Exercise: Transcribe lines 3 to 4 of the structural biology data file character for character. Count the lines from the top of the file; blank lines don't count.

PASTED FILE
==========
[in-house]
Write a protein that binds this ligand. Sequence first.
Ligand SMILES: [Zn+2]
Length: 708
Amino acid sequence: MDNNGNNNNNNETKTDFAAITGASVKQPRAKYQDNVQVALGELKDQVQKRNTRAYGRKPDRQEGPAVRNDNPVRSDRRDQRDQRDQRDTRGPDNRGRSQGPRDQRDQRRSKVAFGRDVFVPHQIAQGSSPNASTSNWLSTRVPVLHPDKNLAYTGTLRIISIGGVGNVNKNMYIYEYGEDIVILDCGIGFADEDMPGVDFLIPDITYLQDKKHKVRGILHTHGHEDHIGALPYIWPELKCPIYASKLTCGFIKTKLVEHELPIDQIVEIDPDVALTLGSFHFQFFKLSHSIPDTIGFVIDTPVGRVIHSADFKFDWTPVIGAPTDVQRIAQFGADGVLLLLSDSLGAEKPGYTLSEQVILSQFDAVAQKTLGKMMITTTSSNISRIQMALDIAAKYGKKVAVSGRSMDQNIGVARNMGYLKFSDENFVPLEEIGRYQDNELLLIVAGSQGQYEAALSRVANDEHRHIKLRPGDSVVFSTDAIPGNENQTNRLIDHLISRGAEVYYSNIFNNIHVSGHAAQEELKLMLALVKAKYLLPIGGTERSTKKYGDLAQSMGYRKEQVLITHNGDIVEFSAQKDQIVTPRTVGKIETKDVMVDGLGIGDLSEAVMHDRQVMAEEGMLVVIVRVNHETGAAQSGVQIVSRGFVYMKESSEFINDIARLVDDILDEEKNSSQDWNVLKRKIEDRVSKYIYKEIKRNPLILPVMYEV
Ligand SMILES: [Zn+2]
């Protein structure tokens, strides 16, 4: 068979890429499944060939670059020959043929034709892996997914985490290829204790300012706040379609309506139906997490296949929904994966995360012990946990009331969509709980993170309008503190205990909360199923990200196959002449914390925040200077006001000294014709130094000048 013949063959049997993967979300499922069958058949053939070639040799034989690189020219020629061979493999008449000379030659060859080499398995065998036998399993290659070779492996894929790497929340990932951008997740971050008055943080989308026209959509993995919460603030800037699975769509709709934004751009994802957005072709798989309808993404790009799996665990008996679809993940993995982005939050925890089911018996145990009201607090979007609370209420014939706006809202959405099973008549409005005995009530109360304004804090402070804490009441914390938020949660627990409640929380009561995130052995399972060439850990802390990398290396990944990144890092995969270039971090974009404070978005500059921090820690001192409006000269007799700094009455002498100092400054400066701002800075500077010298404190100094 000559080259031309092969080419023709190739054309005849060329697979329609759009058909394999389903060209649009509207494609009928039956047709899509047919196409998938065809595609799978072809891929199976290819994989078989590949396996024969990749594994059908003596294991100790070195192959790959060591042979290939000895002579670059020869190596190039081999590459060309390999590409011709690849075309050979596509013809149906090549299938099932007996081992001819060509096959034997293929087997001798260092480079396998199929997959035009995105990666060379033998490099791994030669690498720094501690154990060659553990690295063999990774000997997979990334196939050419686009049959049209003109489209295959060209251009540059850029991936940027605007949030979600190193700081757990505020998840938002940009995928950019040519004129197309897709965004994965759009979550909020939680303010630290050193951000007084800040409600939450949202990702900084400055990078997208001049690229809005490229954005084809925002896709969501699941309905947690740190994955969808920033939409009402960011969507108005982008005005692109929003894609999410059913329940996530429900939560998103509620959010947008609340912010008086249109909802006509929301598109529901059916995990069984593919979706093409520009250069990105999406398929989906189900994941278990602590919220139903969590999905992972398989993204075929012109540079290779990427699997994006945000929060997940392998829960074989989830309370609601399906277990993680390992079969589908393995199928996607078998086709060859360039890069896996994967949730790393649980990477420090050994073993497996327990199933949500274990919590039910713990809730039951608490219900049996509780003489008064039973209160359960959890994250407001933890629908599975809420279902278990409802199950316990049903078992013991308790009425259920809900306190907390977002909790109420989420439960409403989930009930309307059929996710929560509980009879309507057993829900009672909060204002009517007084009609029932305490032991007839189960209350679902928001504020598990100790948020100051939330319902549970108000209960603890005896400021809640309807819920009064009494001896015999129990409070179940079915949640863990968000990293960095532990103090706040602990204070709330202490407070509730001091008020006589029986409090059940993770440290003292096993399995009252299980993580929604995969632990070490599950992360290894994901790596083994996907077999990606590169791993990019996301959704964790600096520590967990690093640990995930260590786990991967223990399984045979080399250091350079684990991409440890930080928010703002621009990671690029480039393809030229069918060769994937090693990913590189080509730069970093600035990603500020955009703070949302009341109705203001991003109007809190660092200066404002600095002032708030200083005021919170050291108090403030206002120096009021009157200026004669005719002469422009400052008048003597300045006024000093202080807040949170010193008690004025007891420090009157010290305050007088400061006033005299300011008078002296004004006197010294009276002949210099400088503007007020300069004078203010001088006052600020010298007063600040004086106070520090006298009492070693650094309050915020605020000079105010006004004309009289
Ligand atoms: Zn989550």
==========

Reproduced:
Ligand SMILES: [Zn+2]
Length: 708